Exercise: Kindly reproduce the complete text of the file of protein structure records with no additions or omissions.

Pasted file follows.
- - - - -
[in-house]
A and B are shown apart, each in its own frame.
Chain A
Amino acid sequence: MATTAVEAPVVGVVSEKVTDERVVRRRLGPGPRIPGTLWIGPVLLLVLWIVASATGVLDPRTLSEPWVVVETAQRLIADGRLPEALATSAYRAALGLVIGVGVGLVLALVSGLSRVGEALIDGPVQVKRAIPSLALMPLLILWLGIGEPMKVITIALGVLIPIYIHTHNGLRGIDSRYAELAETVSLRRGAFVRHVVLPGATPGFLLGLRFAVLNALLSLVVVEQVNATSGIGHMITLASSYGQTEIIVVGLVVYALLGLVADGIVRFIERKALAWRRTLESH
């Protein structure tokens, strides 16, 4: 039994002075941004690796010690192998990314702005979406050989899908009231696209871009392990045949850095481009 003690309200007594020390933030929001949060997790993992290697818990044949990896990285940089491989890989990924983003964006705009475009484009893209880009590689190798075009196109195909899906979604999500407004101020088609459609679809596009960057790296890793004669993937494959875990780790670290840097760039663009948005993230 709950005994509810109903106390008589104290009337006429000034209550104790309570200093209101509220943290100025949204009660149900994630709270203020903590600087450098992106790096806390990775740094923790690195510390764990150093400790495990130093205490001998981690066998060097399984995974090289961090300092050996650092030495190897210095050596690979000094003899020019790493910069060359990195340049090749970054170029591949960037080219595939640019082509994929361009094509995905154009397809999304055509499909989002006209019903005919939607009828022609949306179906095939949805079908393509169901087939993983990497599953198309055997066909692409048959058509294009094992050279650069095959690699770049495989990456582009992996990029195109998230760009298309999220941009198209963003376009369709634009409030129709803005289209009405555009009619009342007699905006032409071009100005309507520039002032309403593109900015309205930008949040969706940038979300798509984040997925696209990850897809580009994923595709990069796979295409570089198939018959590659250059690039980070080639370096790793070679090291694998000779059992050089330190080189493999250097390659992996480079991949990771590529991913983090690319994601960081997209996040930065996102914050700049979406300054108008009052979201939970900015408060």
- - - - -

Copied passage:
[in-house]
A and B are shown apart, each in its own frame.
Chain A
Amino acid sequence: MATTAVEAPVVGVVSEKVTDERVVRRRLGPGPRIPGTLWIGPVLLLVLWIVASATGVLDPRTLSEPWVVVETAQRLIADGRLPEALATSAYRAALGLVIGVGVGLVLALVSGLSRVGEALIDGPVQVKRAIPSLALMPLLILWLGIGEPMKVITIALGVLIPIYIHTHNGLRGIDSRYAELAETVSLRRGAFVRHVVLPGATPGFLLGLRFAVLNALLSLVVVEQVNATSGIGHMITLASSYGQTEIIVVGLVVYALLGLVADGIVRFIERKALAWRRTLESH
């Protein structure tokens, strides 16, 4: 039994002075941004690796010690192998990314702005979406050989899908009231696209871009392990045949850095481009 003690309200007594020390933030929001949060997790993992290697818990044949990896990285940089491989890989990924983003964006705009475009484009893209880009590689190798075009196109195909899906979604999500407004101020088609459609679809596009960057790296890793004669993937494959875990780790670290840097760039663009948005993230 709950005994509810109903106390008589104290009337006429000034209550104790309570200093209101509220943290100025949204009660149900994630709270203020903590600087450098992106790096806390990775740094923790690195510390764990150093400790495990130093205490001998981690066998060097399984995974090289961090300092050996650092030495190897210095050596690979000094003899020019790493910069060359990195340049090749970054170029591949960037080219595939640019082509994929361009094509995905154009397809999304055509499909989002006209019903005919939607009828022609949306179906095939949805079908393509169901087939993983990497599953198309055997066909692409048959058509294009094992050279650069095959690699770049495989990456582009992996990029195109998230760009298309999220941009198209963003376009369709634009409030129709803005289209009405555009009619009342007699905006032409071009100005309507520039002032309403593109900015309205930008949040969706940038979300798509984040997925696209990850897809580009994923595709990069796979295409570089198939018959590659250059690039980070080639370096790793070679090291694998000779059992050089330190080189493999250097390659992996480079991949990771590529991913983090690319994601960081997209996040930065996102914050700049979406300054108008009052979201939970900015408060």